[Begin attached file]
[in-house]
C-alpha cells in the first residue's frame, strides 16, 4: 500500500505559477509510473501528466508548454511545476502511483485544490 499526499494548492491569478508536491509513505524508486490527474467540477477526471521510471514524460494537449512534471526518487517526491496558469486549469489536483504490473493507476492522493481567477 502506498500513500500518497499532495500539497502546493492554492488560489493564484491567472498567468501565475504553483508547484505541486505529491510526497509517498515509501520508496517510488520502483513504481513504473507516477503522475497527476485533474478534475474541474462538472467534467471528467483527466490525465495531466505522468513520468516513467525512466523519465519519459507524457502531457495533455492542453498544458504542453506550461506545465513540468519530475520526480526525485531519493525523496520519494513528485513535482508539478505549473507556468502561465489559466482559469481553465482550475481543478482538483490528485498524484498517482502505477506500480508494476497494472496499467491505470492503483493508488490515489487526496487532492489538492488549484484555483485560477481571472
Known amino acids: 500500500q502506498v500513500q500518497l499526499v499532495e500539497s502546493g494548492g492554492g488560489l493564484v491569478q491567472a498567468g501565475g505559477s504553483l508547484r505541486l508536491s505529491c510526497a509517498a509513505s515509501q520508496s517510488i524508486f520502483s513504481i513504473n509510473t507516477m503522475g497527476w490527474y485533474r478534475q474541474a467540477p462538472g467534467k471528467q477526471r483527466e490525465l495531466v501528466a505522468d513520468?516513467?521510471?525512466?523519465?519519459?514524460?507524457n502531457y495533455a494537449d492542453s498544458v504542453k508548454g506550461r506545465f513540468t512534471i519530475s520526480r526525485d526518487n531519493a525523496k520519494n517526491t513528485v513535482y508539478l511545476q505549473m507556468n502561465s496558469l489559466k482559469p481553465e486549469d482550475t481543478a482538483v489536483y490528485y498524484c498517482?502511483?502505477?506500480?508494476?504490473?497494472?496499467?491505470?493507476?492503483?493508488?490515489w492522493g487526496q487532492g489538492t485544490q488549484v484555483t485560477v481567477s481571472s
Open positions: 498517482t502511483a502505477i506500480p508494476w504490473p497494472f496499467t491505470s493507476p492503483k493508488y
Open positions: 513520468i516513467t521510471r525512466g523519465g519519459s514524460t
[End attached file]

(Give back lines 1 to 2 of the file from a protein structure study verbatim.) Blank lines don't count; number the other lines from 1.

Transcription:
[in-house]
C-alpha cells in the first residue's frame, strides 16, 4: 500500500505559477509510473501528466508548454511545476502511483485544490 499526499494548492491569478508536491509513505524508486490527474467540477477526471521510471514524460494537449512534471526518487517526491496558469486549469489536483504490473493507476492522493481567477 502506498500513500500518497499532495500539497502546493492554492488560489493564484491567472498567468501565475504553483508547484505541486505529491510526497509517498515509501520508496517510488520502483513504481513504473507516477503522475497527476485533474478534475474541474462538472467534467471528467483527466490525465495531466505522468513520468516513467525512466523519465519519459507524457502531457495533455492542453498544458504542453506550461506545465513540468519530475520526480526525485531519493525523496520519494513528485513535482508539478505549473507556468502561465489559466482559469481553465482550475481543478482538483490528485498524484498517482502505477506500480508494476497494472496499467491505470492503483493508488490515489487526496487532492489538492488549484484555483485560477481571472